Dental Implants and Diabetes

Whether from tooth decay, an injury to the mouth, or simply genetics, there are numerous reasons why a person could lose a tooth during their lifetime. Historically, dental bridges or dentures have been used to replace missing teeth, but dental implants are rapidly growing in popularity as a restoration option.

Dental implants are typically suitable for people of any age but if the patient has underlying medical conditions, like diabetes, additional considerations must be made to determine if the treatment is suitable. This article will specifically focus on the issue of diabetes as it relates to a patient’s candidacy for dental implants. To start, let us first briefly examine what dental implants are.

Dental Implant Overview

Whereas dentures rest on the patient’s gums or dental bridges attach to adjacent teeth, both systems have issues with comfort, appearance, and functionality. In addition, irritation, inflammation, and infection are more common with these systems which increases the risk of periodontal disease developing.

Used in the United States since the 1960s, dental implants are a more modern alternative to traditional dentures or dental bridges that avoid these drawbacks. Because they are surgically embedded into the patient’s jawbone, dental implants offer a stronger and more sturdy foundation upon which restorative crowns can be mounted. The strength and stability of dental implants allow the patient talk and eat normally without the limitations that could be associated with dentures or bridges.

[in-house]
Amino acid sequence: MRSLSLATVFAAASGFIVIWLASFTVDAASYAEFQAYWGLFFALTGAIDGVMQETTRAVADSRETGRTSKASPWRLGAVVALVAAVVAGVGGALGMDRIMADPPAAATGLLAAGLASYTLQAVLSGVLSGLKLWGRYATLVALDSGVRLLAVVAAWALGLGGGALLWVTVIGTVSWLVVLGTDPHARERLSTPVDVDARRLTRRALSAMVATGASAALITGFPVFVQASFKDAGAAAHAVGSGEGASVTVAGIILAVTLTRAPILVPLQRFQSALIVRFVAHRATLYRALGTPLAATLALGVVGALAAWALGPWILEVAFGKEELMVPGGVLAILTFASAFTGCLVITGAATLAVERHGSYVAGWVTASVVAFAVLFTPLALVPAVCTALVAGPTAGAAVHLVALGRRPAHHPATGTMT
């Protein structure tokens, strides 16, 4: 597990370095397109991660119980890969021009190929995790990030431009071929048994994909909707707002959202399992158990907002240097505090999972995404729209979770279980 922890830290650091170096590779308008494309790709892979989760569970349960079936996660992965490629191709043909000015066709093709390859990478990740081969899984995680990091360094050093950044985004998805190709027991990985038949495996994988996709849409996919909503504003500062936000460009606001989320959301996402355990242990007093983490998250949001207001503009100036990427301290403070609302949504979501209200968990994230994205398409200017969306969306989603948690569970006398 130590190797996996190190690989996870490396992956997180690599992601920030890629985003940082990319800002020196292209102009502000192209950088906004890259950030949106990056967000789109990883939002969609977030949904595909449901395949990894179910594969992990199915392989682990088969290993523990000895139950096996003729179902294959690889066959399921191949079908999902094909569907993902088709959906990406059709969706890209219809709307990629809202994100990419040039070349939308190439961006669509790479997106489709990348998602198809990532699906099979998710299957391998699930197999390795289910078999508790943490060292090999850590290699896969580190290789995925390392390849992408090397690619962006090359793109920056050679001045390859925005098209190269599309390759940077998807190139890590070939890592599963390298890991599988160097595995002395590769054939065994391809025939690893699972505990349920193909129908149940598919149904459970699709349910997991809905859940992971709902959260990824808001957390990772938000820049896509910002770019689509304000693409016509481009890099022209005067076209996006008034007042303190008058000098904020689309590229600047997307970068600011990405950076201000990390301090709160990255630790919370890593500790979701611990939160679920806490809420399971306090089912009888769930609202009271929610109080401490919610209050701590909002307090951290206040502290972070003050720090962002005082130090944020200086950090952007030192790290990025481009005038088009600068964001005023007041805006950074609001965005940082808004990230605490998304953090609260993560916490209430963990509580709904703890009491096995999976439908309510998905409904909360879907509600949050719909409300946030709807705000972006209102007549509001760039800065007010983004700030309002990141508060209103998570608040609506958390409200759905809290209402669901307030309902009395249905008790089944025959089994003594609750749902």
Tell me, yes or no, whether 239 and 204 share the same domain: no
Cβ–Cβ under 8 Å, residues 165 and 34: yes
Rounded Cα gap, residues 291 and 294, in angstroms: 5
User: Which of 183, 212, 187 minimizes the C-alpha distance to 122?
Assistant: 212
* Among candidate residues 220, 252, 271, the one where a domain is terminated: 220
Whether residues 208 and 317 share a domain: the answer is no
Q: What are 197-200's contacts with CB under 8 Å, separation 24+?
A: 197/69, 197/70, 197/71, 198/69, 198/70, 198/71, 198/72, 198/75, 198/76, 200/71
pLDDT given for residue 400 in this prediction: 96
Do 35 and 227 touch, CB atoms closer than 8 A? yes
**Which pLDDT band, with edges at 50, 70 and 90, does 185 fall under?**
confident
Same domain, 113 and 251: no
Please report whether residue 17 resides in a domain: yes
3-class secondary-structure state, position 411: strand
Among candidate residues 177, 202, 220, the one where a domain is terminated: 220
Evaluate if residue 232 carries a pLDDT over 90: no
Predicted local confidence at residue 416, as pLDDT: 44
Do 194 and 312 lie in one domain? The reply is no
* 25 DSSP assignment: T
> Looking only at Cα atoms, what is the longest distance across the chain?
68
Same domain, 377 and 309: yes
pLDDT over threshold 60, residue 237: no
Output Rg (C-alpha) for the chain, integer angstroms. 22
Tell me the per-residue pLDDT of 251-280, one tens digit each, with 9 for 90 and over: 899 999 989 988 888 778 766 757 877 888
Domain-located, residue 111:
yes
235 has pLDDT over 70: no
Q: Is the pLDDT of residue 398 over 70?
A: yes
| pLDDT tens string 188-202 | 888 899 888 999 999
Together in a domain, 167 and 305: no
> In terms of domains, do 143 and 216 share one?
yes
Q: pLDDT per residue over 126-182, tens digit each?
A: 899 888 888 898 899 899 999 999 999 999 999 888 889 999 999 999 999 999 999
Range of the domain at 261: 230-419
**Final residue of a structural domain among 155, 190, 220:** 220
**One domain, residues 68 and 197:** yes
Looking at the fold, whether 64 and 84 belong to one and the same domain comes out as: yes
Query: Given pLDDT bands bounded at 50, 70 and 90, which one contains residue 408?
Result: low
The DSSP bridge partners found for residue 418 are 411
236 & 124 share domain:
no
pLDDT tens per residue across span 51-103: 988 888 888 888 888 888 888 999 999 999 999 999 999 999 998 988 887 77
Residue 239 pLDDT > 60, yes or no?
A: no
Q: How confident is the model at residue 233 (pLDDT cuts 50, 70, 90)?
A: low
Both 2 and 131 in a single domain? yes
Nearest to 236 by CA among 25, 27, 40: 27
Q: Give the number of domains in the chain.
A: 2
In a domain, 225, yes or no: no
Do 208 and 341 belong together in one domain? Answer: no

The process for getting dental implants takes several months from start to finish. This is because a period is needed to allow the dental implant and jawbone to fuse together through a process called osseointegration. This fusion is critical to the implant’s success and will look a little different for every patient based on how well they heal.

Are Dental Implants Safe for Diabetics?

Patients with Type 1 or Type 2 diabetes that are considering dental implants are commonly concerned whether the device will positively or negatively impact their health. While the disease does not make it impossible to undergo the procedure, the success of the treatment ultimately hinges on how well the patient’s diabetes is controlled and how well pre- and post-implant care instructions are followed. In general, people with uncontrolled diabetes are not candidates for dental implants but those for whom the disease is well controlled, can do well.

Dental implants are more likely to fail when diabetes is uncontrolled because it affects the time required for the implants to heal and can put the patient at higher risk of infection. Most commonly, infections develop in the gums which can further exacerbate the potential for implant failure or other complications.

Considerations for Diabetics

  • Type 1 or Type 2 Diabetes: It can be more difficult to control Type 1 diabetes compared to Type 2. As such, the risk of complication and implant failure is slightly higher for patients with Type 1 diabetes compared to those with Type 2. Patients with Type 1 are not necessarily unable to have dental implants but their oral surgeon will be even more thorough in assessing their overall health, reviewing dental and medical records, discussing infection history, and evaluating the patient’s past history of healing.